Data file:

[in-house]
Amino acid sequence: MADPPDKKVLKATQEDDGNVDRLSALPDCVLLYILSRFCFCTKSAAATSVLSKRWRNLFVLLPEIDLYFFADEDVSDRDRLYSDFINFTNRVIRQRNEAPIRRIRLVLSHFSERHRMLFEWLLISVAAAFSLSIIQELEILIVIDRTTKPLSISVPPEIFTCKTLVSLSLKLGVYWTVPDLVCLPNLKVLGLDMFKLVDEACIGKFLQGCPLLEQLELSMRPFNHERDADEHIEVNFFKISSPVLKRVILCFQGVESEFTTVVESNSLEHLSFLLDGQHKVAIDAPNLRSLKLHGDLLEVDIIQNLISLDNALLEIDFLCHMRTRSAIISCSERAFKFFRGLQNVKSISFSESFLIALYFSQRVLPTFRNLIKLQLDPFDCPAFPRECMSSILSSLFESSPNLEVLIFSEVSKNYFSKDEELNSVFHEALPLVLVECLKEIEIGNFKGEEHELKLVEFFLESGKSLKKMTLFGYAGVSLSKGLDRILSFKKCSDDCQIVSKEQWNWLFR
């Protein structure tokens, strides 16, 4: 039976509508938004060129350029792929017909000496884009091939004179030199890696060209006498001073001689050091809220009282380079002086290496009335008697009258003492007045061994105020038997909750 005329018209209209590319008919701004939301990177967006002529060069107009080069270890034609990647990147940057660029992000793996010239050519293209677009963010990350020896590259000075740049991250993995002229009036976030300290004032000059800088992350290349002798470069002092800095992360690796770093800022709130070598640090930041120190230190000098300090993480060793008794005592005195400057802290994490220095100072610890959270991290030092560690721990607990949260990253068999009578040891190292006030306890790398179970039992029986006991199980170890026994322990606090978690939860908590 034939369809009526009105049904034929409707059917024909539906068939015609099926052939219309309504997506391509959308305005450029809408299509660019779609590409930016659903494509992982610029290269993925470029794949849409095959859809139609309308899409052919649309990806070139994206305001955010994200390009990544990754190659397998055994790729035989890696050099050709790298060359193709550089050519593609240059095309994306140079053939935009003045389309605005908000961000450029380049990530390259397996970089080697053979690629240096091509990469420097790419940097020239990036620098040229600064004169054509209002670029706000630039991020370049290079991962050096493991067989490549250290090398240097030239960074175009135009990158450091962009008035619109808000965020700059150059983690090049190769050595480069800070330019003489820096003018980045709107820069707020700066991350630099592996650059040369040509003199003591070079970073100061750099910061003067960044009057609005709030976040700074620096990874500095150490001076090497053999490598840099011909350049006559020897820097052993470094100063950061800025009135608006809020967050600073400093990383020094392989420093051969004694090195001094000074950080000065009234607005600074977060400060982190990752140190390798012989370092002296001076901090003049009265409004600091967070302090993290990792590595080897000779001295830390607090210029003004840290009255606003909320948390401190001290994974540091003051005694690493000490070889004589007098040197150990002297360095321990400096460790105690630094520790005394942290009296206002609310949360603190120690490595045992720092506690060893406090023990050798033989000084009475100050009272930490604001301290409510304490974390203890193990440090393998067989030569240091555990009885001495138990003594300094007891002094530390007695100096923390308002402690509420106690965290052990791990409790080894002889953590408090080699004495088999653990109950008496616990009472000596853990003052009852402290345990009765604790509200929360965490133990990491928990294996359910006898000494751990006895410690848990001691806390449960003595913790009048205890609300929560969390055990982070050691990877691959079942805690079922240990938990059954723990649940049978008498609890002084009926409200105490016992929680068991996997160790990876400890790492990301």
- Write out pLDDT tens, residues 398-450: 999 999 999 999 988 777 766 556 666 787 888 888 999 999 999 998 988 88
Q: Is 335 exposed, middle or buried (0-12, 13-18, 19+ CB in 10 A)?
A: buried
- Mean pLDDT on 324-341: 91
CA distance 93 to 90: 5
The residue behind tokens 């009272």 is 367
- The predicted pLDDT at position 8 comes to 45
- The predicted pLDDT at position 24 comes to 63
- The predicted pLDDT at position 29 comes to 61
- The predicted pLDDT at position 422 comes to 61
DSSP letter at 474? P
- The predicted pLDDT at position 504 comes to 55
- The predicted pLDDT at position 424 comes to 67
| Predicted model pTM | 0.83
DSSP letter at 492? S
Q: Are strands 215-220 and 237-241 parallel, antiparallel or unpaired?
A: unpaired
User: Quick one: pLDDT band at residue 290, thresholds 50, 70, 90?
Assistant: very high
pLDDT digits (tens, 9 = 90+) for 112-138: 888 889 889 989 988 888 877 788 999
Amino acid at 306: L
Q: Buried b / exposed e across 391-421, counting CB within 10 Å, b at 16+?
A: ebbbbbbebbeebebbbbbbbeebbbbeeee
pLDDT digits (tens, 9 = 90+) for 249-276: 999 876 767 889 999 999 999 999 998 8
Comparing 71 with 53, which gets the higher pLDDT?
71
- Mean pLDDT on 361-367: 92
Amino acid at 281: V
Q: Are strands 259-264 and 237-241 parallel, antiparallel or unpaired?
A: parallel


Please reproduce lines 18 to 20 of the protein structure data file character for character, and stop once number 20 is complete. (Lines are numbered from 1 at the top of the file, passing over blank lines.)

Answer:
DSSP letter at 492? S
Q: Are strands 215-220 and 237-241 parallel, antiparallel or unpaired?
A: unpaired